“That’s the technology we should be investing in,” Colarulli said.
In 2010, the Obama administration set fuel economy standards at 34.1 miles per gallon for all cars sold after 2016 — the 2012 standards represent an increase, assuring all cars sold with model year 2025 and beyond guarantee 54.5 miles per gallon, according to the Center for Climate And Energy Solutions.
The rise in mileage is something most Americans can agree is a good thing, especially in a pinched economy. In 2008, gas prices were as low as $1.87. Five years later, in an economy that’s still struggling through recovery, prices hover at around $3.57, according to GasBuddy.com.
Responding to the market, major automotive companies have emerged with fuel efficient cars, using the high gas mileage rate as a major selling point. While most Americans aren’t influenced to make car shopping decisions based on the vehicle’s impact on the climate, the cost-saving factor is one that drives consumers.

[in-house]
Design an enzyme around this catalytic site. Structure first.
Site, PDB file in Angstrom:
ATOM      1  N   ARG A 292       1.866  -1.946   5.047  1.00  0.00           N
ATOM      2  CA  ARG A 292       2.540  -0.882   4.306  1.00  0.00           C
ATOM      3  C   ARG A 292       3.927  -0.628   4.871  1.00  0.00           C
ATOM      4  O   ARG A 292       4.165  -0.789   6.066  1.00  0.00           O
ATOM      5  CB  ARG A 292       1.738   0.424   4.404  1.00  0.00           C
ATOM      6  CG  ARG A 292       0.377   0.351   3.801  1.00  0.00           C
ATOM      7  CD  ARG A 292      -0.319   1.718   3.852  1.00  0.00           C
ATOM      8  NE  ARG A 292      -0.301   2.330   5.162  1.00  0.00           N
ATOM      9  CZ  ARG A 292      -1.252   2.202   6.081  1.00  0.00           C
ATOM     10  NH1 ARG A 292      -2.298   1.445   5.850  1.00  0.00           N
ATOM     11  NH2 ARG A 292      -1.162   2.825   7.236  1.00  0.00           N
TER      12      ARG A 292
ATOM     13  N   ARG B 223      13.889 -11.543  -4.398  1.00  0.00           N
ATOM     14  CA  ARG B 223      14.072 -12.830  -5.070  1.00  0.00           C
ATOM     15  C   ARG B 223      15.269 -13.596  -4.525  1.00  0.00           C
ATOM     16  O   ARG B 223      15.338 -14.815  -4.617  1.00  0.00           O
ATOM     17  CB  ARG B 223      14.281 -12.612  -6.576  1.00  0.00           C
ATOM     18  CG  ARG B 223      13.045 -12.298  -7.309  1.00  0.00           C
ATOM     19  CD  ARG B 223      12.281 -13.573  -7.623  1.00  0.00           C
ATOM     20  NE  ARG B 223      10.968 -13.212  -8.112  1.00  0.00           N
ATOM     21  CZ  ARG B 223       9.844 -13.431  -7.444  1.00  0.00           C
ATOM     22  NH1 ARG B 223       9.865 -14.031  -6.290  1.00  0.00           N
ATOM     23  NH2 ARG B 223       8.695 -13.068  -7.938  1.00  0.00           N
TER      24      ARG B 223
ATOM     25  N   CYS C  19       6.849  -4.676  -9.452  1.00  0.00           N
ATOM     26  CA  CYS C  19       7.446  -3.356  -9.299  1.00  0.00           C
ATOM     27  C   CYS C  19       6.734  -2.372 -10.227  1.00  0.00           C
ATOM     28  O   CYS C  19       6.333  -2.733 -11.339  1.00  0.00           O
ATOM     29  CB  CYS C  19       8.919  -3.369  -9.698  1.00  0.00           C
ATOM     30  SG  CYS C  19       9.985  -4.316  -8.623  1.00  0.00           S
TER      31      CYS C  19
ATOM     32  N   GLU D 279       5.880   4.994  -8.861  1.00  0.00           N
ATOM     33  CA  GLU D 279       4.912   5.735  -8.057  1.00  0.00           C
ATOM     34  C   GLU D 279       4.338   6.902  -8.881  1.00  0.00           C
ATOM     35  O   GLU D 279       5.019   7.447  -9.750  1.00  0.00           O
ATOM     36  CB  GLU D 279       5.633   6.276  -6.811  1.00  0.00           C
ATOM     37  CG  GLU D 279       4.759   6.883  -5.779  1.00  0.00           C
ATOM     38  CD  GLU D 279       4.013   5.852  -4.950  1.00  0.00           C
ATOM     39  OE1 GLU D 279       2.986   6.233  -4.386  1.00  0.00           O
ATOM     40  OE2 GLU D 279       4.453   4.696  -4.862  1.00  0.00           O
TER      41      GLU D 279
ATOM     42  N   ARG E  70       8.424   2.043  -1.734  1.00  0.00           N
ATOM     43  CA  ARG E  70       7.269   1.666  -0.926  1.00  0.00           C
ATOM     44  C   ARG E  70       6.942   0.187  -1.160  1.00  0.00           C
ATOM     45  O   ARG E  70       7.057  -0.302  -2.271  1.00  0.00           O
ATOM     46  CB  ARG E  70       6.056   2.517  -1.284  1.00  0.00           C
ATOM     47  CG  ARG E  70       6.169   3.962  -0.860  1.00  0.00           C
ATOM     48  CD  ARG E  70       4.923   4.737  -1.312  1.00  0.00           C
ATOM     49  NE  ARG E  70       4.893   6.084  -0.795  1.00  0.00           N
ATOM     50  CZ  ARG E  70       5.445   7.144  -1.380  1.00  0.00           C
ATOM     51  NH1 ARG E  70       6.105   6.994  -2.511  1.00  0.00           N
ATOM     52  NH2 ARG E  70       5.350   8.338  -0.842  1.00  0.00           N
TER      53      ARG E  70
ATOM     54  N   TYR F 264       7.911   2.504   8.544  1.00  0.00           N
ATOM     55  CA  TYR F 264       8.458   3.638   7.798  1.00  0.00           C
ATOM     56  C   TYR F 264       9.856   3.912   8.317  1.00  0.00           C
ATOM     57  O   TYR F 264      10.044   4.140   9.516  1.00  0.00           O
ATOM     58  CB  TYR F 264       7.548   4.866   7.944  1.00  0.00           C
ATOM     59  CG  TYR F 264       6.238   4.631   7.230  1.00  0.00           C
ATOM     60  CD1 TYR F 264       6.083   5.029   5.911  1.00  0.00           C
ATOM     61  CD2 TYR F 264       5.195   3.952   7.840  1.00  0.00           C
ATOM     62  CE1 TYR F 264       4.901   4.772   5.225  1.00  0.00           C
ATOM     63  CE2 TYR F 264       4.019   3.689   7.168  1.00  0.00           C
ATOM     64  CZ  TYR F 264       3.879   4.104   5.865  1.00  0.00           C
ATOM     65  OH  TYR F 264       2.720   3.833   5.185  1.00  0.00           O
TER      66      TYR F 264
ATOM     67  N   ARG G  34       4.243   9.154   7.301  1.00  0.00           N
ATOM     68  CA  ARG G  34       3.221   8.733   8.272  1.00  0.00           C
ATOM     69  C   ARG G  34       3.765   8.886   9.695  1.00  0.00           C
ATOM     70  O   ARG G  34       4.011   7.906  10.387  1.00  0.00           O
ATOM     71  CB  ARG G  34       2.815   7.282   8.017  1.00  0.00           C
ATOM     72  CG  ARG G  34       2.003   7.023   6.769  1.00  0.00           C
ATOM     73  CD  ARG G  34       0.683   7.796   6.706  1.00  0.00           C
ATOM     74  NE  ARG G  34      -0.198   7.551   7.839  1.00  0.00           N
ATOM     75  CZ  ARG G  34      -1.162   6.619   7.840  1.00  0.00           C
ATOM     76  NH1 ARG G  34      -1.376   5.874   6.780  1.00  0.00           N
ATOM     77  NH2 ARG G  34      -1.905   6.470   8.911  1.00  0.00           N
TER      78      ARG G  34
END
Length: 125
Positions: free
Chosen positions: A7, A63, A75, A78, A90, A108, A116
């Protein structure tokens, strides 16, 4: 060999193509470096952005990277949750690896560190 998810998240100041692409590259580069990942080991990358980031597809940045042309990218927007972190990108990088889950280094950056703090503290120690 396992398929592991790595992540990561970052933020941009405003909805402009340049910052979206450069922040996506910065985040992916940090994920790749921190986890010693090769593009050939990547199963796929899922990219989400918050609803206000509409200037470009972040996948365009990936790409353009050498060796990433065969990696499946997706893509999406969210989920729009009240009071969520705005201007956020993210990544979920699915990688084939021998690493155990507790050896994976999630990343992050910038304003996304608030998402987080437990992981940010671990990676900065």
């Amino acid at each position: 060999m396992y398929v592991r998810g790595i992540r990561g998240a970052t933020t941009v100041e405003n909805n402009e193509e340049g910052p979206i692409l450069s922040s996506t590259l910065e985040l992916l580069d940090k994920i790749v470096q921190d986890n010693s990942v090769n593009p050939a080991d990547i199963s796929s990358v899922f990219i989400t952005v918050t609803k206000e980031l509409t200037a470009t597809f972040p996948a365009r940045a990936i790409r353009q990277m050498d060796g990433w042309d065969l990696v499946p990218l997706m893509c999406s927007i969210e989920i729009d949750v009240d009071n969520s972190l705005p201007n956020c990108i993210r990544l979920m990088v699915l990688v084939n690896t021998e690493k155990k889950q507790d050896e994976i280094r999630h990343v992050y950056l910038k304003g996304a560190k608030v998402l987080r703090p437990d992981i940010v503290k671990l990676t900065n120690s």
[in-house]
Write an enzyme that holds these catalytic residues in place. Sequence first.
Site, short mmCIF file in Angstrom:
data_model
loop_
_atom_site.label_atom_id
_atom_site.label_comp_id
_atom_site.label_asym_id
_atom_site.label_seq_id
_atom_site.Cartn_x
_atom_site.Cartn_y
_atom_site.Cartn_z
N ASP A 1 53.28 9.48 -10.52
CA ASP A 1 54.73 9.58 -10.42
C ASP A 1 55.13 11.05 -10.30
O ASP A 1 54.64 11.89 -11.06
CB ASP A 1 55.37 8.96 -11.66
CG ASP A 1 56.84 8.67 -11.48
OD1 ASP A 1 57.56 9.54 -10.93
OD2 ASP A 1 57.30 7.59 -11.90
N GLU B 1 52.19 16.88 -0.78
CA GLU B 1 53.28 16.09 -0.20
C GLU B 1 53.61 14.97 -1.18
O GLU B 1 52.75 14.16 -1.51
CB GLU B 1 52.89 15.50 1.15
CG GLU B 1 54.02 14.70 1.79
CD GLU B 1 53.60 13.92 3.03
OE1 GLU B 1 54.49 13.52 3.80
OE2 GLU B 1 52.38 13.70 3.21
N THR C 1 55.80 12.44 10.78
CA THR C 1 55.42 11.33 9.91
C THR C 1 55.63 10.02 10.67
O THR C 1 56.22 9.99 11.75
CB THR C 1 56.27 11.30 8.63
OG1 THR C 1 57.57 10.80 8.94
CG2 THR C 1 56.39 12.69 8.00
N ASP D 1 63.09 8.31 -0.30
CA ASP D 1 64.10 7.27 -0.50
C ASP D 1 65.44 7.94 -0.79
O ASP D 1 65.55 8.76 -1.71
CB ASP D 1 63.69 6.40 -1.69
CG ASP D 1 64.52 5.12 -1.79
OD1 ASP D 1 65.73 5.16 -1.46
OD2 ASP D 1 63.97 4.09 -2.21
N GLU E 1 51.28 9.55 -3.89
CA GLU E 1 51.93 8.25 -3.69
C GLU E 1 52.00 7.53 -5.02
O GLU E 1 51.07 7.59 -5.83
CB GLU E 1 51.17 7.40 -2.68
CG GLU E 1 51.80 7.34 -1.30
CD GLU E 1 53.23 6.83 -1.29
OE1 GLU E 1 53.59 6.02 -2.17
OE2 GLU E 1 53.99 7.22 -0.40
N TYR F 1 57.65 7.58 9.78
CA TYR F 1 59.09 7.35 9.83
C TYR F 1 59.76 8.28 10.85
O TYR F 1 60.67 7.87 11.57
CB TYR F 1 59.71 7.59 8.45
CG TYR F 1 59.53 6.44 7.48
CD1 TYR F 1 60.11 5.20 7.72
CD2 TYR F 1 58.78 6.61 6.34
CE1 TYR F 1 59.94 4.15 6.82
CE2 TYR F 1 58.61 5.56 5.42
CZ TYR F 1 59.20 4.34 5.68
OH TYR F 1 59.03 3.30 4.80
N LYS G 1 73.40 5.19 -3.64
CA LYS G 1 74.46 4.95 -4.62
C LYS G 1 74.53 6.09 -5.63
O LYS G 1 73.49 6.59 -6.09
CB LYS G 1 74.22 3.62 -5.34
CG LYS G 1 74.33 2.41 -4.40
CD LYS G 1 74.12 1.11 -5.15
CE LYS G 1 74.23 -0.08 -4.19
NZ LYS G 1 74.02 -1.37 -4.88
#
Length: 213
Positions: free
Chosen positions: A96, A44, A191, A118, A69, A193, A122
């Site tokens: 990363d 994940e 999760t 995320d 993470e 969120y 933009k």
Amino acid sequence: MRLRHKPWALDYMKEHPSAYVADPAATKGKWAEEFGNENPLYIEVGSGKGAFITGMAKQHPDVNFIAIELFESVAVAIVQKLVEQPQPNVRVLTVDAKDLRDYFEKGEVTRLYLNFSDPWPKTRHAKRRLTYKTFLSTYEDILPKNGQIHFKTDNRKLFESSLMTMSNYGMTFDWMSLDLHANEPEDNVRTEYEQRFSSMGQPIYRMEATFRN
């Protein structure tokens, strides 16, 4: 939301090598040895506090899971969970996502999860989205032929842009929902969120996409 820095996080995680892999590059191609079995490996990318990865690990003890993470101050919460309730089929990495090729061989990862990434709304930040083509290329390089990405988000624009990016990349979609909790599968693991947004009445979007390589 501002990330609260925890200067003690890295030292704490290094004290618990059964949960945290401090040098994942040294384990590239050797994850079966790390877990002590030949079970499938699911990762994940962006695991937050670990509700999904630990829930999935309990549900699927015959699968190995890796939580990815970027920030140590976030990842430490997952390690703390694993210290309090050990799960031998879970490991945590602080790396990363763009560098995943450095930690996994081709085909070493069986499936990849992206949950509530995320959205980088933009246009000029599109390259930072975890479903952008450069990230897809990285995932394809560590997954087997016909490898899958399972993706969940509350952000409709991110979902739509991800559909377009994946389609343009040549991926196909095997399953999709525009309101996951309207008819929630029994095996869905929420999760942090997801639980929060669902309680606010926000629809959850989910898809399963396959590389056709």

“Higher vehicle costs for fuel efficiency improvements will be far outweighed by fuel savings, with the average driver saving about $8,000 net over the lifetime of a model year 2025 car compared to a model year 2010 car,” the Center for Climate and Energy Solutions states in its Federal Vehicle Standards statement.
That alone will be incentive for Americans to at least take a step away from fossil fuel transportation independence. And if trends continue as they have, the industry will continue to respond to government regulations that coincide with the best interest of the consumer.